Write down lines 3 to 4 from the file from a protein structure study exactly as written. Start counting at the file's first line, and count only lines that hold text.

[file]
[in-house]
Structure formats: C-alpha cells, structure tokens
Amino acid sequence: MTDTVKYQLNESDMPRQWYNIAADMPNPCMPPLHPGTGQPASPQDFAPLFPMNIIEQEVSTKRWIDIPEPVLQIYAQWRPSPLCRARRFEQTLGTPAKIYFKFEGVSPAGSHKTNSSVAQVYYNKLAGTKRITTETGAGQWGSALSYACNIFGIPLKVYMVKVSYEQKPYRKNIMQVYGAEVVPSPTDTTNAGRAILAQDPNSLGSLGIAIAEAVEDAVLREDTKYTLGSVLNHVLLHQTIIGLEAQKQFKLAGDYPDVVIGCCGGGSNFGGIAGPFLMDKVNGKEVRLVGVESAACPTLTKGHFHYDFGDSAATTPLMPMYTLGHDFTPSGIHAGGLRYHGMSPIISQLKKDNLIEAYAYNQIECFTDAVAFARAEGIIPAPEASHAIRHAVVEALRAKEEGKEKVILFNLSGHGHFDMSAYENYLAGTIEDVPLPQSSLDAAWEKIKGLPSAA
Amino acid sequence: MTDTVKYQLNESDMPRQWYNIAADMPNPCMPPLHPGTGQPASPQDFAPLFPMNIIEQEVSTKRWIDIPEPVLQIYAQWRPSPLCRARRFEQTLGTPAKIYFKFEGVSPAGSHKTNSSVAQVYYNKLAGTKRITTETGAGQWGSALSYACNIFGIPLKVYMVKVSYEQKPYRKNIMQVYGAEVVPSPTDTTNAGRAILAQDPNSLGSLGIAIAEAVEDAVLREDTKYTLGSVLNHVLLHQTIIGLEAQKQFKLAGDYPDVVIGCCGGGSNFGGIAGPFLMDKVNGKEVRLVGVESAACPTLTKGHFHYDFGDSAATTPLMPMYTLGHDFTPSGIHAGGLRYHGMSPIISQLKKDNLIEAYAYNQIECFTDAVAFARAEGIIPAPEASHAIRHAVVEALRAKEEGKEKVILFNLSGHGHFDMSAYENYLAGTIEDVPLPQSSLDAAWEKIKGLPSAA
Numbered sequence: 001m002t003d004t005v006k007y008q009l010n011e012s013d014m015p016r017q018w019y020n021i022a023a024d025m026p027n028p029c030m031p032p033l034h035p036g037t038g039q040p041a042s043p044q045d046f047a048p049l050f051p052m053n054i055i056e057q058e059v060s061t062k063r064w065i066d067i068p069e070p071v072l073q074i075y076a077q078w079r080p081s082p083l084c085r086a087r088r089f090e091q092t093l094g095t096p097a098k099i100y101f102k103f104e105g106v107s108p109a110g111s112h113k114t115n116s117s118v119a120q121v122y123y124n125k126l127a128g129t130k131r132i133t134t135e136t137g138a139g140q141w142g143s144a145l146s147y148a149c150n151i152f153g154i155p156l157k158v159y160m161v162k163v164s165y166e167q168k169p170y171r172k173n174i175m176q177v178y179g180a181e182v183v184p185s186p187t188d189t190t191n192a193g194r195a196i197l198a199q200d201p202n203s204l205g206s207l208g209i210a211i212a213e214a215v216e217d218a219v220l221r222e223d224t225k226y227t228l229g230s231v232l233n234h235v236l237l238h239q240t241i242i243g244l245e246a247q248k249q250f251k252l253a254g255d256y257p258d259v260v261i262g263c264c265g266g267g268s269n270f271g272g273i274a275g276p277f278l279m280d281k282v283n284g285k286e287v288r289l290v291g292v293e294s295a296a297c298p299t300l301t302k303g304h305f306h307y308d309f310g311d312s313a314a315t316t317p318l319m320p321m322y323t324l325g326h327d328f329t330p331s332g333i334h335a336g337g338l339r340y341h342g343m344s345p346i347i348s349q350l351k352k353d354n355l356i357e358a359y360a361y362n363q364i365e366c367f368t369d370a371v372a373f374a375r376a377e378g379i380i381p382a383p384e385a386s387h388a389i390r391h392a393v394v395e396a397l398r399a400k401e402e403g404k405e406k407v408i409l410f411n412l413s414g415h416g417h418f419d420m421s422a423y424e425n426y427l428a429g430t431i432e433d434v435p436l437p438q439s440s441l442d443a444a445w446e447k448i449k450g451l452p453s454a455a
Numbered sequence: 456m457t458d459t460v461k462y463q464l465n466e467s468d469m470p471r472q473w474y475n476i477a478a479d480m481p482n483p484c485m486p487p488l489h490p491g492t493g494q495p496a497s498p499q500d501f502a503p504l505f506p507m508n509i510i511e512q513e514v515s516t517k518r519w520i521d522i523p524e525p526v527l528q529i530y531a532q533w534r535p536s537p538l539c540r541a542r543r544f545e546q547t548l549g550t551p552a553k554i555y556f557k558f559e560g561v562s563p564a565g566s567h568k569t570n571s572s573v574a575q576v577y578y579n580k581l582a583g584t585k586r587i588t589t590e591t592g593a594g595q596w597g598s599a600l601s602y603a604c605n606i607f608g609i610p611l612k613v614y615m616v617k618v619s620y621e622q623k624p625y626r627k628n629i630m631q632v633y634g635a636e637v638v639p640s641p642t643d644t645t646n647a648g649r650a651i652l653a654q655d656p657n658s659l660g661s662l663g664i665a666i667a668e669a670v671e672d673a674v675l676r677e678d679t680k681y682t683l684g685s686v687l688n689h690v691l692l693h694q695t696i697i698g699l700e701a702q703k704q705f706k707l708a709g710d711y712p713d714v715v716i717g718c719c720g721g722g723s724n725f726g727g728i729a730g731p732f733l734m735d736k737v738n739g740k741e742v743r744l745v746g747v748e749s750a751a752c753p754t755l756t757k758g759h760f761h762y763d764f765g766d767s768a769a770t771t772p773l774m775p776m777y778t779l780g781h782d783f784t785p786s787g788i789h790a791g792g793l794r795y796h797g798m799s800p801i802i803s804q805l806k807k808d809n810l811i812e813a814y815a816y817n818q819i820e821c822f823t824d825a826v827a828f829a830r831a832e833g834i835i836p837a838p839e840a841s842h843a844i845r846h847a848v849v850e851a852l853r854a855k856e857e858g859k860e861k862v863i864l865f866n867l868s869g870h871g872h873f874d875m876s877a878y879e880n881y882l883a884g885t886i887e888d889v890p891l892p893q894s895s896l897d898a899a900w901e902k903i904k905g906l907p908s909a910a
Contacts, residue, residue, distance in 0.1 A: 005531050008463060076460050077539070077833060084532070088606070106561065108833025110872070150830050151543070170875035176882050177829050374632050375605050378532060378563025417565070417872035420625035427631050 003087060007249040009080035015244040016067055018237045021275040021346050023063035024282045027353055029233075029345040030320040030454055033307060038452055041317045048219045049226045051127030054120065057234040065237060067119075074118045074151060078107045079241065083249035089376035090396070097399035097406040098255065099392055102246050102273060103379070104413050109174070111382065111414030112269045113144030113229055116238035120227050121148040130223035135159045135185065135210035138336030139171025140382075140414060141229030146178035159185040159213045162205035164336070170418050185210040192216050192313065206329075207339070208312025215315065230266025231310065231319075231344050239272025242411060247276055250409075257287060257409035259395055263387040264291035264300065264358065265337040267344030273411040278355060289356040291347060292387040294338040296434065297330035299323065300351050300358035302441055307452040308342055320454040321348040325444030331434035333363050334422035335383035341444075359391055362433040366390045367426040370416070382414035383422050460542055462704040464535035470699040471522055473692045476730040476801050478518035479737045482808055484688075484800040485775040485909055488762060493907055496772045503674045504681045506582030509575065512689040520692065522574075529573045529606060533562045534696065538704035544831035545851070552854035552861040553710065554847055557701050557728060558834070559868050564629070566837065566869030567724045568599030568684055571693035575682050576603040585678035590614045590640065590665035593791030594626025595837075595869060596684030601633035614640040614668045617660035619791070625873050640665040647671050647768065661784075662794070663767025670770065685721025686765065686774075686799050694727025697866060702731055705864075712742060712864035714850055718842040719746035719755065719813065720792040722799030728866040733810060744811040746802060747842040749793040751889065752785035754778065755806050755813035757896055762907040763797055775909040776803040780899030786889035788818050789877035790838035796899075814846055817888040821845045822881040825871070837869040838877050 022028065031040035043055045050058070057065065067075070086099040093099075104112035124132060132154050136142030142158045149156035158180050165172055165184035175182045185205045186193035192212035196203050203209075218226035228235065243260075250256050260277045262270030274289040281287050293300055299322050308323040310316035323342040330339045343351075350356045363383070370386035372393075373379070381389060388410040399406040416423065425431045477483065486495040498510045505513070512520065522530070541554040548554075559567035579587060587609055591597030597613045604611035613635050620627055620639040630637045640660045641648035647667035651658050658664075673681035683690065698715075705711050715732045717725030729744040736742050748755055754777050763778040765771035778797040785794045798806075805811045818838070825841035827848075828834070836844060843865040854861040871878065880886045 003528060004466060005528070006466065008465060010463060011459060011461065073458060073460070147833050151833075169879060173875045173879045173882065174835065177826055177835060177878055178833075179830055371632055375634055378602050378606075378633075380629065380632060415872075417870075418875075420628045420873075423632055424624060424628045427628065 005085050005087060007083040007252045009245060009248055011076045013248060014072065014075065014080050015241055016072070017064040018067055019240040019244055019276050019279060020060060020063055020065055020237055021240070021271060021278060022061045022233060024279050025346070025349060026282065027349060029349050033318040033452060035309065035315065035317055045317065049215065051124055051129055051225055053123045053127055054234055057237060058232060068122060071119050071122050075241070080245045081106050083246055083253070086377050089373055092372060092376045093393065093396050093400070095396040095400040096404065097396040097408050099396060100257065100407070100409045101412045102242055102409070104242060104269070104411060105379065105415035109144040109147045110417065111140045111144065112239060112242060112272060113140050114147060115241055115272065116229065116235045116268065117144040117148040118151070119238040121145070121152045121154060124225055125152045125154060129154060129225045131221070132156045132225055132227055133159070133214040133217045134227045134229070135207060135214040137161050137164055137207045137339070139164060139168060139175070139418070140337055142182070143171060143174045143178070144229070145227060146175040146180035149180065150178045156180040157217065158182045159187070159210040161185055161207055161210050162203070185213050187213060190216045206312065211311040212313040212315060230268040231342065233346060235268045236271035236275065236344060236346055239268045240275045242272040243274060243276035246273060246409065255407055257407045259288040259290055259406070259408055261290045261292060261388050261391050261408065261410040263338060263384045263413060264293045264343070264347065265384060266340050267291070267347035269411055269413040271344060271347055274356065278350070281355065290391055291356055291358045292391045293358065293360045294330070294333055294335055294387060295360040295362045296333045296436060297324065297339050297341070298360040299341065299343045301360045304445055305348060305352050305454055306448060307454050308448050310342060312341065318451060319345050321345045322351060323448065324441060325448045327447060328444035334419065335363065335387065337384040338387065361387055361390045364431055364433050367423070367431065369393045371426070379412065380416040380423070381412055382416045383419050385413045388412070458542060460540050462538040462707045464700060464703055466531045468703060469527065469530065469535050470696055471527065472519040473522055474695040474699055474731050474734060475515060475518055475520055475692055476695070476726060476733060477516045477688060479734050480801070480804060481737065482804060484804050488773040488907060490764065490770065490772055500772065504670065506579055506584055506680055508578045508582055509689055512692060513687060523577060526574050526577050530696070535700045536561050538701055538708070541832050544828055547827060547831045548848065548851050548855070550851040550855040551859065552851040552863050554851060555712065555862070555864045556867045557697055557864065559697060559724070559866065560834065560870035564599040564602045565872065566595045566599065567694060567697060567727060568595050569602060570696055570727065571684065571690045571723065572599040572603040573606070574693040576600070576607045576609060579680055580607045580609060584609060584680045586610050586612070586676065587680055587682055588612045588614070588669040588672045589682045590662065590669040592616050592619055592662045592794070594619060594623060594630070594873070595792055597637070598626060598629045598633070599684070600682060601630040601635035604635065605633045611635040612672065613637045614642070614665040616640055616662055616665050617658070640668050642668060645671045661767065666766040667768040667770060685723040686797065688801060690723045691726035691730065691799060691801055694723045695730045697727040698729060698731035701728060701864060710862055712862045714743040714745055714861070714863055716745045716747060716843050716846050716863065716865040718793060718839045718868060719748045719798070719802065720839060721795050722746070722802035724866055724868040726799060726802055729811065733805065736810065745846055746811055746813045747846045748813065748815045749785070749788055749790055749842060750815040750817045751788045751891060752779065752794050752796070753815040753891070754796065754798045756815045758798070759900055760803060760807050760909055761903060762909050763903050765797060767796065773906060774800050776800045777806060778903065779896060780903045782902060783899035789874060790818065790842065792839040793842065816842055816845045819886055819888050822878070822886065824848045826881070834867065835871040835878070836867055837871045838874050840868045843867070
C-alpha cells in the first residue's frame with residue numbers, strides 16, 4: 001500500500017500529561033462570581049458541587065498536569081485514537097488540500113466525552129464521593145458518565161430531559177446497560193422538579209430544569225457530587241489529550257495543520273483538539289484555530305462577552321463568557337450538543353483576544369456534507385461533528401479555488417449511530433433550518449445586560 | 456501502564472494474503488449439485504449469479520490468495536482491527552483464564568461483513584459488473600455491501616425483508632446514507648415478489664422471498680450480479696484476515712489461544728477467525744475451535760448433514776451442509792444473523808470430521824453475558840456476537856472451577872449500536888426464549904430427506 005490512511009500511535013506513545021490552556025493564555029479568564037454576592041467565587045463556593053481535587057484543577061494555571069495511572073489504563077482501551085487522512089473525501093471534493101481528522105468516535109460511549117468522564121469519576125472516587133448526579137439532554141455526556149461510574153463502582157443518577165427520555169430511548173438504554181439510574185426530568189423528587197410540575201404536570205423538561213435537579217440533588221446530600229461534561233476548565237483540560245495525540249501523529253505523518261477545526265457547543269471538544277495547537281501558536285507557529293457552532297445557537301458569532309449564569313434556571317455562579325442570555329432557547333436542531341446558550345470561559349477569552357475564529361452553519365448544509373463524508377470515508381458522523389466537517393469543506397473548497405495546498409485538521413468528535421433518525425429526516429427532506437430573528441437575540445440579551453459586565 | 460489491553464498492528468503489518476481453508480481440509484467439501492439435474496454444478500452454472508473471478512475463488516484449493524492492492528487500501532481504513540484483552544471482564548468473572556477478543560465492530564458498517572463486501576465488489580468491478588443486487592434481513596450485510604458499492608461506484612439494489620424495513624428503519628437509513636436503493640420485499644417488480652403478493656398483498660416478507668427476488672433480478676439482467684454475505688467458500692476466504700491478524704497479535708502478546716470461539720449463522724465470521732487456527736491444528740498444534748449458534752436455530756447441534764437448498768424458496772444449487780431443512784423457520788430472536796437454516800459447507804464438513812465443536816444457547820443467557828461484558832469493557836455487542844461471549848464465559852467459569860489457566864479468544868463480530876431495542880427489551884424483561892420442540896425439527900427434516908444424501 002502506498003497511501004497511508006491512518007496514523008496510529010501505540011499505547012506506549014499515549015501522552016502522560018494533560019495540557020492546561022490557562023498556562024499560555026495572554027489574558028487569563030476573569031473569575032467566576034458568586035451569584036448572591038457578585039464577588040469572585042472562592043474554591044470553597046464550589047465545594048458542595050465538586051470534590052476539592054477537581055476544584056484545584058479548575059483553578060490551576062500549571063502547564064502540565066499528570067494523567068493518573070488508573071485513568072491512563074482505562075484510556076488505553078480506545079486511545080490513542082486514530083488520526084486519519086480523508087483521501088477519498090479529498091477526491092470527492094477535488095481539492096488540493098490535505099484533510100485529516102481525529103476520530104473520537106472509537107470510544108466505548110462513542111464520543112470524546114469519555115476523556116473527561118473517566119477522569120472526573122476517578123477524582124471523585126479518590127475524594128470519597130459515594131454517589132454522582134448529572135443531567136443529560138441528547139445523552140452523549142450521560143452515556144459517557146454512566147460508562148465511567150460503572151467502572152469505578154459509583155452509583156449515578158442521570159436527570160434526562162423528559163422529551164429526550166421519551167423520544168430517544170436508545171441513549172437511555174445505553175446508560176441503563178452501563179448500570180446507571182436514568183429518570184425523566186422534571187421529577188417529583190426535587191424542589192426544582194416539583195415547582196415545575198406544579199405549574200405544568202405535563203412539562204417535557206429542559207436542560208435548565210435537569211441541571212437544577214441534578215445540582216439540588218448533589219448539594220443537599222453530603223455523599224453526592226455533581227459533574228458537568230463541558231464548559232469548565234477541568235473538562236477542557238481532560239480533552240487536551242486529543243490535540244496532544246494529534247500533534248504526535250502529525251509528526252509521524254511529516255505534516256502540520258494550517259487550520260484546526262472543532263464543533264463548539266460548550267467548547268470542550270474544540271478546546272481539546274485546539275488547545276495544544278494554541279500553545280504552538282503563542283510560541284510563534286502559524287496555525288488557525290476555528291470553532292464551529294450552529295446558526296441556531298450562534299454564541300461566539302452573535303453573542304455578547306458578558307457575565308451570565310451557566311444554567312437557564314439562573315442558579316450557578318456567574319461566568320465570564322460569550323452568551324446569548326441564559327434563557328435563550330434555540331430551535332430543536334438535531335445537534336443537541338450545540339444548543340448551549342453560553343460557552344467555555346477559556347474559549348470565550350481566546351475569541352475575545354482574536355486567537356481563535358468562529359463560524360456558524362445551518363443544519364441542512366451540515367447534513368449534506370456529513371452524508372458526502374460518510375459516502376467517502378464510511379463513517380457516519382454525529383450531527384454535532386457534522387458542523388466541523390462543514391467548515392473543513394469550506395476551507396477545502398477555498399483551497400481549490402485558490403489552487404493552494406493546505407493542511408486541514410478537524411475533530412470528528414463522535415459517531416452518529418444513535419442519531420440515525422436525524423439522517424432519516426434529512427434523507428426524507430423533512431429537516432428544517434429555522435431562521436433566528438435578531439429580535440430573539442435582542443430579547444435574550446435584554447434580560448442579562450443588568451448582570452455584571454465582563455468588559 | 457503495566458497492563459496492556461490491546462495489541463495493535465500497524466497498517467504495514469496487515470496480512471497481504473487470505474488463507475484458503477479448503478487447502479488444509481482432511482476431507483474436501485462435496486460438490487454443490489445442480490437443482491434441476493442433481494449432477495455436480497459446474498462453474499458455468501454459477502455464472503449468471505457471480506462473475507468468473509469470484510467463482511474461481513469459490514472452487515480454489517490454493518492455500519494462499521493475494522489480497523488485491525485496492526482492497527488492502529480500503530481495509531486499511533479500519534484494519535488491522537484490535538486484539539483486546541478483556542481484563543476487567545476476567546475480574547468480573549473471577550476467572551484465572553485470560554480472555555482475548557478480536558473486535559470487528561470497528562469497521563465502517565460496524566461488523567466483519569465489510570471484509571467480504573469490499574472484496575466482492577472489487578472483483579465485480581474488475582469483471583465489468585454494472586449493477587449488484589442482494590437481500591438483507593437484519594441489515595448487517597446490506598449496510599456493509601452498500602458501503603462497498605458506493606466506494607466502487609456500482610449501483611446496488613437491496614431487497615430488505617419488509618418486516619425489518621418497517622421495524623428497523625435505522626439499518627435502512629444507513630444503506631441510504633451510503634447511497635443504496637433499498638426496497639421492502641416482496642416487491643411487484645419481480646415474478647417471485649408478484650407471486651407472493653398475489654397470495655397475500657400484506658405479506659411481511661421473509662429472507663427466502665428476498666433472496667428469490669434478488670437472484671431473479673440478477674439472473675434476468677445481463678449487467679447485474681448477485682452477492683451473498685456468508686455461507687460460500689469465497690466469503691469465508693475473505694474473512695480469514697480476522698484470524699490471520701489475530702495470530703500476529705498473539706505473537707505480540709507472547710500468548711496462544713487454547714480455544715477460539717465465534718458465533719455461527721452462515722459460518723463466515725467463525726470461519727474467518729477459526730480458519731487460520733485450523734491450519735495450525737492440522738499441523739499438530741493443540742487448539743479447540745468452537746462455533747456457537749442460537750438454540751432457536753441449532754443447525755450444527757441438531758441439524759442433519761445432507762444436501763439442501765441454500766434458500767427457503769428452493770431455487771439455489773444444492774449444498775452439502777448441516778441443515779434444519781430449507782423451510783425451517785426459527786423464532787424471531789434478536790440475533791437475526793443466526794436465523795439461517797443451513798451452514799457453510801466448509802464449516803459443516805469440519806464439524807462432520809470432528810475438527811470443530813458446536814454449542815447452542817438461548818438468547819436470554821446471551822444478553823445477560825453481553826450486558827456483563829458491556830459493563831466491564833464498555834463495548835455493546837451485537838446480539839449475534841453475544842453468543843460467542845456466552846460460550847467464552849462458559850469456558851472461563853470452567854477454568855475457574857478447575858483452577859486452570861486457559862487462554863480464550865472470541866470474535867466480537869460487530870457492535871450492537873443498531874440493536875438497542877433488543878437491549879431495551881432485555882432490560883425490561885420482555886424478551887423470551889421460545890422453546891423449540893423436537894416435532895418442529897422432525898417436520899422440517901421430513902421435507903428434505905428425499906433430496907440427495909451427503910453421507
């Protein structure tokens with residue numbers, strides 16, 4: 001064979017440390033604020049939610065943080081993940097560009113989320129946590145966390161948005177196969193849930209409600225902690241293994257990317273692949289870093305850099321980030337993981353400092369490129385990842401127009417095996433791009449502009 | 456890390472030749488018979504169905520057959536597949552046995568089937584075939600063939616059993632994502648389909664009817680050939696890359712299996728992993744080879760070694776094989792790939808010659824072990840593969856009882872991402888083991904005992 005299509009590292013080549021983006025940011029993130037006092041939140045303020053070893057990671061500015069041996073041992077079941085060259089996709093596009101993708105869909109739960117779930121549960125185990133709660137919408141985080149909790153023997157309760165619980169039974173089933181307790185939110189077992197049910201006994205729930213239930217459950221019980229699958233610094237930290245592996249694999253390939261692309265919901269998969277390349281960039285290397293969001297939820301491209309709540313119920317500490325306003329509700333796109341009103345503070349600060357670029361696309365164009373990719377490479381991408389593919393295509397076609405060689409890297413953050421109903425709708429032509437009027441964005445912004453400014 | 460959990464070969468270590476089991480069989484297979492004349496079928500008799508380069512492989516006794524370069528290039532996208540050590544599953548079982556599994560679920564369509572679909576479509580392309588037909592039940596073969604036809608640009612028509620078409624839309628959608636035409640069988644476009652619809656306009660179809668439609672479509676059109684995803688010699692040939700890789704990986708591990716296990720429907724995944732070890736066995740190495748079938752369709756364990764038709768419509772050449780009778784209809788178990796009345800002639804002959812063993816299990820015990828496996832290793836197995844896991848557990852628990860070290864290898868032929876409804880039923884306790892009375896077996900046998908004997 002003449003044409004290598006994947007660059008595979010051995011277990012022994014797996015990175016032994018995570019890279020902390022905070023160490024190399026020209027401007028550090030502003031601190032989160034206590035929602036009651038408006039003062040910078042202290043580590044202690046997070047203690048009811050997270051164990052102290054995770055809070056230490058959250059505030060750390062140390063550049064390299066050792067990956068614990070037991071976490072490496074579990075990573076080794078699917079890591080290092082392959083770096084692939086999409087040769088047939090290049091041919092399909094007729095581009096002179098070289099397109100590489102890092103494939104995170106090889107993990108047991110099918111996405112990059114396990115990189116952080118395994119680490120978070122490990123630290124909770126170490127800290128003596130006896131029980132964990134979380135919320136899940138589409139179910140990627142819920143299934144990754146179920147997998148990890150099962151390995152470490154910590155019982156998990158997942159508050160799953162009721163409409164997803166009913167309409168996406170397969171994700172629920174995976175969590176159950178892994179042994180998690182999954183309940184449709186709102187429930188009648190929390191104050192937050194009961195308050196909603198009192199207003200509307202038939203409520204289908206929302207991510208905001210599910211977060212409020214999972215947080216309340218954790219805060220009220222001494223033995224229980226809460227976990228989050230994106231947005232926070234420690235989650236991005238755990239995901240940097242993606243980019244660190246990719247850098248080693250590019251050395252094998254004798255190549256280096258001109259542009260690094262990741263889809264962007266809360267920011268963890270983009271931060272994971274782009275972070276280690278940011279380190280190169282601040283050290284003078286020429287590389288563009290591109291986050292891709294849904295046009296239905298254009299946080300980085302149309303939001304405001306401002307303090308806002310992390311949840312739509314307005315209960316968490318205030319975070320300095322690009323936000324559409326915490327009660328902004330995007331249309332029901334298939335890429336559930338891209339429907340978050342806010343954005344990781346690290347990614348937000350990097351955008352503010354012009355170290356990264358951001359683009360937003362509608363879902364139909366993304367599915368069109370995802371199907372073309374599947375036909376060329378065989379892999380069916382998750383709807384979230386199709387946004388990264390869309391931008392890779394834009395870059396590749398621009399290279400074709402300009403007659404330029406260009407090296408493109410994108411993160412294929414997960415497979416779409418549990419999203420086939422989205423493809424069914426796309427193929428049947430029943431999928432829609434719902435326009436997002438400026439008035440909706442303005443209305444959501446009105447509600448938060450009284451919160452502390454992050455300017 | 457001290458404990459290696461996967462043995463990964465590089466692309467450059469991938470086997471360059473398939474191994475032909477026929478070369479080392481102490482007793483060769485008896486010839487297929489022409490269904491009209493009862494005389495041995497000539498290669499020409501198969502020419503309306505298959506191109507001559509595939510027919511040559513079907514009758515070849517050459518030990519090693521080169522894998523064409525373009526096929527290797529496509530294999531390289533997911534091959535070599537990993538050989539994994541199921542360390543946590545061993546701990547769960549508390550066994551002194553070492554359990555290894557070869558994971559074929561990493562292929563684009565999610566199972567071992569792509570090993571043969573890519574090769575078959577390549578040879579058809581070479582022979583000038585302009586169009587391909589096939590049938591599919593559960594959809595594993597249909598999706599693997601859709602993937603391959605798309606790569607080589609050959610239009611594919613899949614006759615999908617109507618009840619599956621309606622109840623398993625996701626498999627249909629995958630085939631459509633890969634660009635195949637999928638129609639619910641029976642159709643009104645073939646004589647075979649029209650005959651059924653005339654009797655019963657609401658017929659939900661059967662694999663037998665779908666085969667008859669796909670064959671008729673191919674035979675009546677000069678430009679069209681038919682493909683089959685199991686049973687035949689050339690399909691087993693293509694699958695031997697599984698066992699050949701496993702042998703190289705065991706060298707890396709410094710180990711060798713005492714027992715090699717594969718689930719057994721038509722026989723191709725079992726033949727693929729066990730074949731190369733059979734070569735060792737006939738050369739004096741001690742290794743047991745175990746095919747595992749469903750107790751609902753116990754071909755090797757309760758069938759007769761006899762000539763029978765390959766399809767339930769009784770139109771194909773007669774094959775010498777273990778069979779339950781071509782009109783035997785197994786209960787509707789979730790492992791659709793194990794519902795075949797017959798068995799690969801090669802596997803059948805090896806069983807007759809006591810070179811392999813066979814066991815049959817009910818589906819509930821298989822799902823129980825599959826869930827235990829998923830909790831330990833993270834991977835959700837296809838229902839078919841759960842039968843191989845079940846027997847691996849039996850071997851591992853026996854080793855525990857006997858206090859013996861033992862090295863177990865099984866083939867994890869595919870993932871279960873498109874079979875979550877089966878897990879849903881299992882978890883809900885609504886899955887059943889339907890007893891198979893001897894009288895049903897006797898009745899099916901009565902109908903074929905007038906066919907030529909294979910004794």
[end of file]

Amino acid sequence: MTDTVKYQLNESDMPRQWYNIAADMPNPCMPPLHPGTGQPASPQDFAPLFPMNIIEQEVSTKRWIDIPEPVLQIYAQWRPSPLCRARRFEQTLGTPAKIYFKFEGVSPAGSHKTNSSVAQVYYNKLAGTKRITTETGAGQWGSALSYACNIFGIPLKVYMVKVSYEQKPYRKNIMQVYGAEVVPSPTDTTNAGRAILAQDPNSLGSLGIAIAEAVEDAVLREDTKYTLGSVLNHVLLHQTIIGLEAQKQFKLAGDYPDVVIGCCGGGSNFGGIAGPFLMDKVNGKEVRLVGVESAACPTLTKGHFHYDFGDSAATTPLMPMYTLGHDFTPSGIHAGGLRYHGMSPIISQLKKDNLIEAYAYNQIECFTDAVAFARAEGIIPAPEASHAIRHAVVEALRAKEEGKEKVILFNLSGHGHFDMSAYENYLAGTIEDVPLPQSSLDAAWEKIKGLPSAA
Amino acid sequence: MTDTVKYQLNESDMPRQWYNIAADMPNPCMPPLHPGTGQPASPQDFAPLFPMNIIEQEVSTKRWIDIPEPVLQIYAQWRPSPLCRARRFEQTLGTPAKIYFKFEGVSPAGSHKTNSSVAQVYYNKLAGTKRITTETGAGQWGSALSYACNIFGIPLKVYMVKVSYEQKPYRKNIMQVYGAEVVPSPTDTTNAGRAILAQDPNSLGSLGIAIAEAVEDAVLREDTKYTLGSVLNHVLLHQTIIGLEAQKQFKLAGDYPDVVIGCCGGGSNFGGIAGPFLMDKVNGKEVRLVGVESAACPTLTKGHFHYDFGDSAATTPLMPMYTLGHDFTPSGIHAGGLRYHGMSPIISQLKKDNLIEAYAYNQIECFTDAVAFARAEGIIPAPEASHAIRHAVVEALRAKEEGKEKVILFNLSGHGHFDMSAYENYLAGTIEDVPLPQSSLDAAWEKIKGLPSAA